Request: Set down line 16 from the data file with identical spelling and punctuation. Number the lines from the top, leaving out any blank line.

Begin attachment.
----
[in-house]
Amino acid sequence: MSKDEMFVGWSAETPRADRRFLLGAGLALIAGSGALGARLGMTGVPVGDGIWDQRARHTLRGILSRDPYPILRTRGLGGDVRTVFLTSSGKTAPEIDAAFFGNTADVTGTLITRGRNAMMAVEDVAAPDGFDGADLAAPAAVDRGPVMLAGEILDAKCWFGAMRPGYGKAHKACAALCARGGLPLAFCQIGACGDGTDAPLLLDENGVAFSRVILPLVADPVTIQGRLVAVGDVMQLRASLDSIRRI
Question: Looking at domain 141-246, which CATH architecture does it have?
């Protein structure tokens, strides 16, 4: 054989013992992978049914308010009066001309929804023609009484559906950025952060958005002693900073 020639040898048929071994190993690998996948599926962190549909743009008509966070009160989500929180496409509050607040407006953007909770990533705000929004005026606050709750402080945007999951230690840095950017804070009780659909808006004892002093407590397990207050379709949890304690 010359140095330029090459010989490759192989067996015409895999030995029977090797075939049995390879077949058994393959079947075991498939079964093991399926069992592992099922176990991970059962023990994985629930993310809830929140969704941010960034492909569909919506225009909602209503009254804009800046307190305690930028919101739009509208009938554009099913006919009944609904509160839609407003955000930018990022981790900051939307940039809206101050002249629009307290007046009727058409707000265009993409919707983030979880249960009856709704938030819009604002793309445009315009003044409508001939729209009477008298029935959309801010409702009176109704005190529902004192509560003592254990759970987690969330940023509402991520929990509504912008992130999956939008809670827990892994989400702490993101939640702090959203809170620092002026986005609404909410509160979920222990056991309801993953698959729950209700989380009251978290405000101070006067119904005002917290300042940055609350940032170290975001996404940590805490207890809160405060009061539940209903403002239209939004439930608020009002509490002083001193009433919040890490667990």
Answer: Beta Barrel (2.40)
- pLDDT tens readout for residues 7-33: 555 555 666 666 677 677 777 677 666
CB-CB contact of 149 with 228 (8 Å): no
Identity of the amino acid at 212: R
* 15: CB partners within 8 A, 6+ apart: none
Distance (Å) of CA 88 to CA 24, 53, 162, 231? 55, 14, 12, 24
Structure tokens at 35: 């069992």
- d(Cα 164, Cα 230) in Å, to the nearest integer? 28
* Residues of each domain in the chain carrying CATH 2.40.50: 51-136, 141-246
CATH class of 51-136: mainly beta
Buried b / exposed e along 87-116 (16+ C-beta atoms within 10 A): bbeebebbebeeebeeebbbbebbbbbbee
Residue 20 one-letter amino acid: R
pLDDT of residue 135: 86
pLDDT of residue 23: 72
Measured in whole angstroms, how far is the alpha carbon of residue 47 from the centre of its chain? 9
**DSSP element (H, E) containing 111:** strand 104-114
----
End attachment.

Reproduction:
Residue 20 one-letter amino acid: R